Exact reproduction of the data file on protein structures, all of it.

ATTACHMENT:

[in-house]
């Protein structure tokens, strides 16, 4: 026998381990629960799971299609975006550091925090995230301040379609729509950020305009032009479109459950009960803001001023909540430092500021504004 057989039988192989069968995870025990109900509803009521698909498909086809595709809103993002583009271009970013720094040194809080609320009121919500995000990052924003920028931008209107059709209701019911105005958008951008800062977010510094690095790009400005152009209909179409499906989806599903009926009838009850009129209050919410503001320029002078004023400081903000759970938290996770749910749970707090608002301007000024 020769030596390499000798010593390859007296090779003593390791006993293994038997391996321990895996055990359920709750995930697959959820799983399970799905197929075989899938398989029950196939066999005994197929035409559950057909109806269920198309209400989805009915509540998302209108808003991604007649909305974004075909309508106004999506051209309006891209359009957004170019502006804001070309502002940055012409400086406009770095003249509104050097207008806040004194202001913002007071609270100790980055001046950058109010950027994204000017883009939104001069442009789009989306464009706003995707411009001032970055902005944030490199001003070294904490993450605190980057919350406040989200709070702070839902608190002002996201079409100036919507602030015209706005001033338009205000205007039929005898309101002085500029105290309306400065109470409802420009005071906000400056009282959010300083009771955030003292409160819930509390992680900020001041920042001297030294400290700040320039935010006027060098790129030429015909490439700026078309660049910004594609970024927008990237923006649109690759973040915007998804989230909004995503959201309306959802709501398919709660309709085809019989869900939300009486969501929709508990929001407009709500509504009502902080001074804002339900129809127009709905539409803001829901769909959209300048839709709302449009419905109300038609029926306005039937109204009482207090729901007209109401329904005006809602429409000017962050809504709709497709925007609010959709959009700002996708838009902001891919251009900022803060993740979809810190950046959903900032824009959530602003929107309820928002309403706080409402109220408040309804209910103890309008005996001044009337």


[in-house]
């Protein structure tokens, strides 16, 4: 026998381990629960799971299609975006550091925090995230301040379609729509950020305009032009479109459950009960803001001023909540430092500021504004 057989039988192989069968995870025990109900509803009521698909498909086809595709809103993002583009271009970013720094040194809080609320009121919500995000990052924003920028931008209107059709209701019911105005958008951008800062977010510094690095790009400005152009209909179409499906989806599903009926009838009850009129209050919410503001320029002078004023400081903000759970938290996770749910749970707090608002301007000024 020769030596390499000798010593390859007296090779003593390791006993293994038997391996321990895996055990359920709750995930697959959820799983399970799905197929075989899938398989029950196939066999005994197929035409559950057909109806269920198309209400989805009915509540998302209108808003991604007649909305974004075909309508106004999506051209309006891209359009957004170019502006804001070309502002940055012409400086406009770095003249509104050097207008806040004194202001913002007071609270100790980055001046950058109010950027994204000017883009939104001069442009789009989306464009706003995707411009001032970055902005944030490199001003070294904490993450605190980057919350406040989200709070702070839902608190002002996201079409100036919507602030015209706005001033338009205000205007039929005898309101002085500029105290309306400065109470409802420009005071906000400056009282959010300083009771955030003292409160819930509390992680900020001041920042001297030294400290700040320039935010006027060098790129030429015909490439700026078309660049910004594609970024927008990237923006649109690759973040915007998804989230909004995503959201309306959802709501398919709660309709085809019989869900939300009486969501929709508990929001407009709500509504009502902080001074804002339900129809127009709905539409803001829901769909959209300048839709709302449009419905109300038609029926306005039937109204009482207090729901007209109401329904005006809602429409000017962050809504709709497709925007609010959709959009700002996708838009902001891919251009900022803060993740979809810190950046959903900032824009959530602003929107309820928002309403706080409402109220408040309804209910103890309008005996001044009337």